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Ontario Soccer was founded in 1901 and is one of the oldest and largest sport organizations in Canada. Ontario Soccer provides leadership and support for the advancement of soccer (“football” as know internationally) in collaboration and cooperation with our membership, partners and other stakeholders by providing exceptional, innovative and sustainable programs and services. Ontario Soccer is made up of 18 District Associations and several Associate Members namely regional and provincial leagues. District Association membership is the more than 500 Youth Clubs and Senior Clubs across Ontario.

Ontario Soccer is a proud member of Canada Soccer and part of FIFA, the world governing body for soccer.


1901-2023 Chronology of Ontario Soccer's History:

  1. The Ontario Football Association League, today's Ontario Soccer Association was founded on May 18 1901 at the Walker House in Toronto. It's mandate was "To encourage and foster Association Football and to decide the various championships of Ontario". Those organizations present were the Western Football Association, the Toronto League, Eastern Football Association, Peterborough District, Norwood District, Toronto Intermediate League and the Inter-College Association. David Forsyth was the first secretary and went on to serve The Association for 29 years and become known as the Father of Canadian Soccer. Incidentally, David scored two goals in the University of Toronto's 2-0 win over Queens in 1874.
  2. The very first Ontario Cup in 1901 saw the Galt Football Club beat Toronto's Varsity 2-0.  Over the years the Oakville Soccer Club has won more Ontario Cup's at all levels than any other Club in Ontario.
  3. The Galt Football Club went on to win the Olympic Gold Medal in St. Louis in 1904. The game was played from coast to coast at that time ranked with hockey and lacrosse as the Canadian game. By this time the Western Football Association was widely recognized as the first football organization formed in the new world.
  4. The founding meeting of Dominion Football Association (DFA), today's Canadian Soccer Association, was held in Toronto on May 24, 1912.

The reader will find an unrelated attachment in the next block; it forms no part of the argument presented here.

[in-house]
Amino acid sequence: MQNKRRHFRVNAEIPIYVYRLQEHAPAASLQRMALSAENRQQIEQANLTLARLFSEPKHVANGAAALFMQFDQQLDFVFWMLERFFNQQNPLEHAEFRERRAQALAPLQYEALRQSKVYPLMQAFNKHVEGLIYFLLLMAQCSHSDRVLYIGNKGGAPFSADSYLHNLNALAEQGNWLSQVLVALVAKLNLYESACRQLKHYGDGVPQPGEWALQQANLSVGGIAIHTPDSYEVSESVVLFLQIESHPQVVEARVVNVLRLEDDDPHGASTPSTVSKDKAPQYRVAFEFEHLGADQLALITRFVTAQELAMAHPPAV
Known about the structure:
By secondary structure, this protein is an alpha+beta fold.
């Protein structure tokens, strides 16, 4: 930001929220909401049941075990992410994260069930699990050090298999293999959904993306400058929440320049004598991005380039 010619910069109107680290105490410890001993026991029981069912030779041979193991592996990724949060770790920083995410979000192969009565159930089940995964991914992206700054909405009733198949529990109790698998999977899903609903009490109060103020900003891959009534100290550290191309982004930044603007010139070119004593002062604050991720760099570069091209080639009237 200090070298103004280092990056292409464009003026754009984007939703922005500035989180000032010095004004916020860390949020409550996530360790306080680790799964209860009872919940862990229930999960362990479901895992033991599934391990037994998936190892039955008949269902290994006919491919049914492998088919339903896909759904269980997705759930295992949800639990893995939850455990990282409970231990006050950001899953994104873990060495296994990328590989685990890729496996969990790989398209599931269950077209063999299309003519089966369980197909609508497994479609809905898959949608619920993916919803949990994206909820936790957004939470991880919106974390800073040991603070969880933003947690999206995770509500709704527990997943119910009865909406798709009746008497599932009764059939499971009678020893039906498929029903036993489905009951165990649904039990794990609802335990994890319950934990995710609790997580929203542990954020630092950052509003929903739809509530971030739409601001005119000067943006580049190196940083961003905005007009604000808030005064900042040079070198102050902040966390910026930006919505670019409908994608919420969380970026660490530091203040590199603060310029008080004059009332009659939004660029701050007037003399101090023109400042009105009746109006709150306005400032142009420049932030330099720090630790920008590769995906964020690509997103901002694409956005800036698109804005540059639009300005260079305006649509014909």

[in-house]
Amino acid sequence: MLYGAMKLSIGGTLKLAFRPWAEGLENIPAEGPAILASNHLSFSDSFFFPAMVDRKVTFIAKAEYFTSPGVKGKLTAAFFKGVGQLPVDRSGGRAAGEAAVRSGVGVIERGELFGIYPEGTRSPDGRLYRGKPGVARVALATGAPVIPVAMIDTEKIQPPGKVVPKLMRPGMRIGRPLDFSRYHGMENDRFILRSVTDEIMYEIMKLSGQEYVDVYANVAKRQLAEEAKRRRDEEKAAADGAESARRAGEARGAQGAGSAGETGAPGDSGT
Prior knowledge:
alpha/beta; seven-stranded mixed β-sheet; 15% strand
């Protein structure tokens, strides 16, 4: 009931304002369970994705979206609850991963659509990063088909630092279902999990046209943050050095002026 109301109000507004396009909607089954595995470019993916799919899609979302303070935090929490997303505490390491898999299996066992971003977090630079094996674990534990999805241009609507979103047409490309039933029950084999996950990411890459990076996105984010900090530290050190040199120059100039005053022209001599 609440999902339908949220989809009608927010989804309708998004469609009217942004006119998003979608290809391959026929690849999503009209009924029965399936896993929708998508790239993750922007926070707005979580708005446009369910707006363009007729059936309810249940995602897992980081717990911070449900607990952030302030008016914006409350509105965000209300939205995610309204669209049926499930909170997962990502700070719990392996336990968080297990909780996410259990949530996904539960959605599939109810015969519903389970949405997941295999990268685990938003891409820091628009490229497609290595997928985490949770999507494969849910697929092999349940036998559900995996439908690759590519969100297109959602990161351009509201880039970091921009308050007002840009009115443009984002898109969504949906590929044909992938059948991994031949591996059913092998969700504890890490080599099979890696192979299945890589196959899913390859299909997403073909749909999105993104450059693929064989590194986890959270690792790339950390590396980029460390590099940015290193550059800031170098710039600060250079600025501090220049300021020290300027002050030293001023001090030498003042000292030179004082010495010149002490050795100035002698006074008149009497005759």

5. The first Canadian Club Championships started in 1913 and the winners were presented with the Connaught Cup.  In 1926 a magnificent silver trophy donated by the English Football Association took the place of the Connaught Cup.
  6. Women's Football was denied in 1922. The DFA would not support Canadian women's teams playing a visiting English women's team who ended up touring the United States and playing men's teams. The Ontario Soccer Association's membership topped 318,000 players in the year 2000 with 40% of them female. The Nepean United Spirits are the only Ontario Club to win back to back Canadian Women's championships.
  7. December 26th, 1923, The Ontario Football Association (Soccer) was registered, renaming the previous provincial organization.
  8. Indoor Soccer was first recorded in 1927 at the Mutual Street Arena in Toronto. That same year Canada took the initiative to convince FIFA to consider the concept of substitutions.
  9. Northern Clubs entered the Ontario Cup in 1930.  Powerful northern teams like Falconbridge Falcons won the Cup in 1932, 1933 and 1934 and Timmins won it in 1938. Soccer players drifted north with the mines being the only work available for many due to the depression
  10. The game in Ontario became multi-cultural in the early 50's due to immigration from many war torn countries with huge fan attendances at places like Stanley Park.  Canada entered its first World Cup in 1957 beating the United States 5-1 at Varsity Stadium.
  11. In 1968 the North American Soccer League began . The Toronto Falcons were members in 1968 but folded after one season.  A second Toronto team, the Metros, joined in 1971, and became the Metros-Croatia in 1975 who in 1976  won the NASL Soccer Bowl in Seattle. The Toronto Blizzard took over in 1979.
  12. June 2, 1970, The Ontario Soccer Association Incorporated was registered, renaming the previous provincial organization.
  13. FIFA Player of the Century “Pele” made his first appearance in Ontario in 1967 for Santos v Napoli at Varsity Stadium. Pele came back in 1971 and 1972 with Santos as well as on several occasions with the New York Cosmos of the NASL.
  14. Ontario hosted its first defending World Club Champion in 1969 when AC Milan played Sparta Prague on June 22nd at Varsity.  A second World Champion club team, Juventus played the Blizzard in 1984 at CNE. Two defending World Cup Champions have visited Ontario. Canada played Italy at Varsity in 1984 and Germany in 1994.